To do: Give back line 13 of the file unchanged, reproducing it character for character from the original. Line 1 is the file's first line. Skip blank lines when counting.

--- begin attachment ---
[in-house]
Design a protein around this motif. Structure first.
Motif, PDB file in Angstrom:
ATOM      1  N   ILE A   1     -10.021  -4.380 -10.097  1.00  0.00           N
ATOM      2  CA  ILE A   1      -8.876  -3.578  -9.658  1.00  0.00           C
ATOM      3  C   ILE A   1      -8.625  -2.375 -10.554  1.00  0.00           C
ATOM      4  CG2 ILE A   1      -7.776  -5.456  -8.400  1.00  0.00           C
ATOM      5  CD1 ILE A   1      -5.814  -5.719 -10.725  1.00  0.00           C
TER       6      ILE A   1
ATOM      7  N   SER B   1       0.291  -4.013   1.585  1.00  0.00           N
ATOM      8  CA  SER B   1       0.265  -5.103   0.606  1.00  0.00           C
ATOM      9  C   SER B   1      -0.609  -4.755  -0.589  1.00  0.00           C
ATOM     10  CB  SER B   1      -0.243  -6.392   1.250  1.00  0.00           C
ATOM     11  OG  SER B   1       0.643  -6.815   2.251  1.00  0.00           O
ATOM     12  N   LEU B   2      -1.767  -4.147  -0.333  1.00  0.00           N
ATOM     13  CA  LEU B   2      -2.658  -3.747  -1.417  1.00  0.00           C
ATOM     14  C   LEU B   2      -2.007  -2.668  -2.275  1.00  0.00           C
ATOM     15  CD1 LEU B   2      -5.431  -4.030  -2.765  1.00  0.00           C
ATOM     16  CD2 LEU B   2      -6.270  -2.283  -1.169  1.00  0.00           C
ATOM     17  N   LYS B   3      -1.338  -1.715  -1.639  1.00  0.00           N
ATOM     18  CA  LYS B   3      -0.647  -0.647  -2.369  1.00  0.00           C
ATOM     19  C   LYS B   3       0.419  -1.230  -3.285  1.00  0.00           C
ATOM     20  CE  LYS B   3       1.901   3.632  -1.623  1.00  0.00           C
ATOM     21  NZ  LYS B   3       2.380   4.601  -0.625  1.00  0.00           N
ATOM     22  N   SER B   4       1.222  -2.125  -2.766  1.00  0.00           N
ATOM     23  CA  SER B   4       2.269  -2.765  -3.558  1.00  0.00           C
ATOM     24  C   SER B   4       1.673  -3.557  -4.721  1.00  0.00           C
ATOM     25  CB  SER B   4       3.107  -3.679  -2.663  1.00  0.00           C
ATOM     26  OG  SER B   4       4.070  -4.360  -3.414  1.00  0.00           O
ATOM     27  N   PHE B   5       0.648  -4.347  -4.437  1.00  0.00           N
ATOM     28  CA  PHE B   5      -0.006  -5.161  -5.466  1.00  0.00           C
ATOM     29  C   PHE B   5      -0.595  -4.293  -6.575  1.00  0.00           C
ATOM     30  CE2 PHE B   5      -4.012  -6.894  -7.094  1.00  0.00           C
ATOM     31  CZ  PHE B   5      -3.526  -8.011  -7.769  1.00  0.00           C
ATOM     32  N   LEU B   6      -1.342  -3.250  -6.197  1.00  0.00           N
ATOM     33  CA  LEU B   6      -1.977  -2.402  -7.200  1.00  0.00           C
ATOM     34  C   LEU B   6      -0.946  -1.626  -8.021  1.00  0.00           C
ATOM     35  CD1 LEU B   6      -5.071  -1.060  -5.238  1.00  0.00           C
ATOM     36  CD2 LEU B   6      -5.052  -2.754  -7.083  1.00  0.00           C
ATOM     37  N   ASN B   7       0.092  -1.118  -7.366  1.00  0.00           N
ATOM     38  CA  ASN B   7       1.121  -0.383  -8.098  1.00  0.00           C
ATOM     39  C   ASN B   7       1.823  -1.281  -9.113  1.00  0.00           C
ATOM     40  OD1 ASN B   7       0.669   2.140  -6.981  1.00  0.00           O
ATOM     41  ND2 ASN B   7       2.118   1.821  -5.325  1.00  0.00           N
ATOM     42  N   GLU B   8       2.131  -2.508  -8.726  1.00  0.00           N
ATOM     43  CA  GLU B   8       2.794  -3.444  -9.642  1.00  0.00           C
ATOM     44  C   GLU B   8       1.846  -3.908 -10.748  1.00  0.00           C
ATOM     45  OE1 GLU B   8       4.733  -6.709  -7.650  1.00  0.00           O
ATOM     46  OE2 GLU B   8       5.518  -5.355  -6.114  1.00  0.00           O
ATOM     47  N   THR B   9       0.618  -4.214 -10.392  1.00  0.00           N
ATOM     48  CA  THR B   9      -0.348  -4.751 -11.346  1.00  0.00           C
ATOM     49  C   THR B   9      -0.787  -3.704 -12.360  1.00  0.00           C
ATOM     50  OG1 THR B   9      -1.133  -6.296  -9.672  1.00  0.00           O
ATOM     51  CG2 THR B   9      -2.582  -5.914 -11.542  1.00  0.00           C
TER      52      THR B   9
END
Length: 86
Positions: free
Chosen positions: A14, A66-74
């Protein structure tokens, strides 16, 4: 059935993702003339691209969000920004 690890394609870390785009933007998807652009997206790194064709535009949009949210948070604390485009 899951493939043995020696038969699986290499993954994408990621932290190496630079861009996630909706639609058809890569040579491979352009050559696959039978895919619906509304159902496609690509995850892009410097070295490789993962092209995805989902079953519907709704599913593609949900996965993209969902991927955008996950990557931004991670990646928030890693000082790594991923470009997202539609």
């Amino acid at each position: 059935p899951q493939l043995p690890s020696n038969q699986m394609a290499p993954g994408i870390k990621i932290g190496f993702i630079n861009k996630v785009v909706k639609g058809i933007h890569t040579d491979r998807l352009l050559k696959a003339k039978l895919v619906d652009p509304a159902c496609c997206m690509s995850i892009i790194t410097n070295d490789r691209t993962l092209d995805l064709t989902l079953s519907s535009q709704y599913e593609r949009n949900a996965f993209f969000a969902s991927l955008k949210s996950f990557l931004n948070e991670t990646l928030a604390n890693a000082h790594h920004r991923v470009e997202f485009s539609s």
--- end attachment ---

ATOM     10  CB  SER B   1      -0.243  -6.392   1.250  1.00  0.00           C